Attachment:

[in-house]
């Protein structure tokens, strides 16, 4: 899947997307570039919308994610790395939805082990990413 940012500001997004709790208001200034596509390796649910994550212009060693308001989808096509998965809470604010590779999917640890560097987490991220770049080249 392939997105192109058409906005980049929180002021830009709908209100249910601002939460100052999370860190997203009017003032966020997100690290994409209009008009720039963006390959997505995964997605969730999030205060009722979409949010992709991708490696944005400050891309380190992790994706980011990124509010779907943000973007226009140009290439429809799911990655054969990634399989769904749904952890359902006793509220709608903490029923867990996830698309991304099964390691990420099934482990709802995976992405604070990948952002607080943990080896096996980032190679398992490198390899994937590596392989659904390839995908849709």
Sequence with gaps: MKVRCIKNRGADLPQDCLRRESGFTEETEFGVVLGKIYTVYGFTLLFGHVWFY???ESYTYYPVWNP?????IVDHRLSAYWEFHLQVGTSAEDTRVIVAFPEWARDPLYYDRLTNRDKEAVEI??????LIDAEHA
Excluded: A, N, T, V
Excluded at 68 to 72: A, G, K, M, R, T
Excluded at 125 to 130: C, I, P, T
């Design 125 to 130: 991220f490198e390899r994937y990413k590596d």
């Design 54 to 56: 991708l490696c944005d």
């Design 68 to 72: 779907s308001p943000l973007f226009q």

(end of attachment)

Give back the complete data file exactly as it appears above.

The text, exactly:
[in-house]
């Protein structure tokens, strides 16, 4: 899947997307570039919308994610790395939805082990990413 940012500001997004709790208001200034596509390796649910994550212009060693308001989808096509998965809470604010590779999917640890560097987490991220770049080249 392939997105192109058409906005980049929180002021830009709908209100249910601002939460100052999370860190997203009017003032966020997100690290994409209009008009720039963006390959997505995964997605969730999030205060009722979409949010992709991708490696944005400050891309380190992790994706980011990124509010779907943000973007226009140009290439429809799911990655054969990634399989769904749904952890359902006793509220709608903490029923867990996830698309991304099964390691990420099934482990709802995976992405604070990948952002607080943990080896096996980032190679398992490198390899994937590596392989659904390839995908849709």
Sequence with gaps: MKVRCIKNRGADLPQDCLRRESGFTEETEFGVVLGKIYTVYGFTLLFGHVWFY???ESYTYYPVWNP?????IVDHRLSAYWEFHLQVGTSAEDTRVIVAFPEWARDPLYYDRLTNRDKEAVEI??????LIDAEHA
Excluded: A, N, T, V
Excluded at 68 to 72: A, G, K, M, R, T
Excluded at 125 to 130: C, I, P, T
């Design 125 to 130: 991220f490198e390899r994937y990413k590596d």
């Design 54 to 56: 991708l490696c944005d």
């Design 68 to 72: 779907s308001p943000l973007f226009q």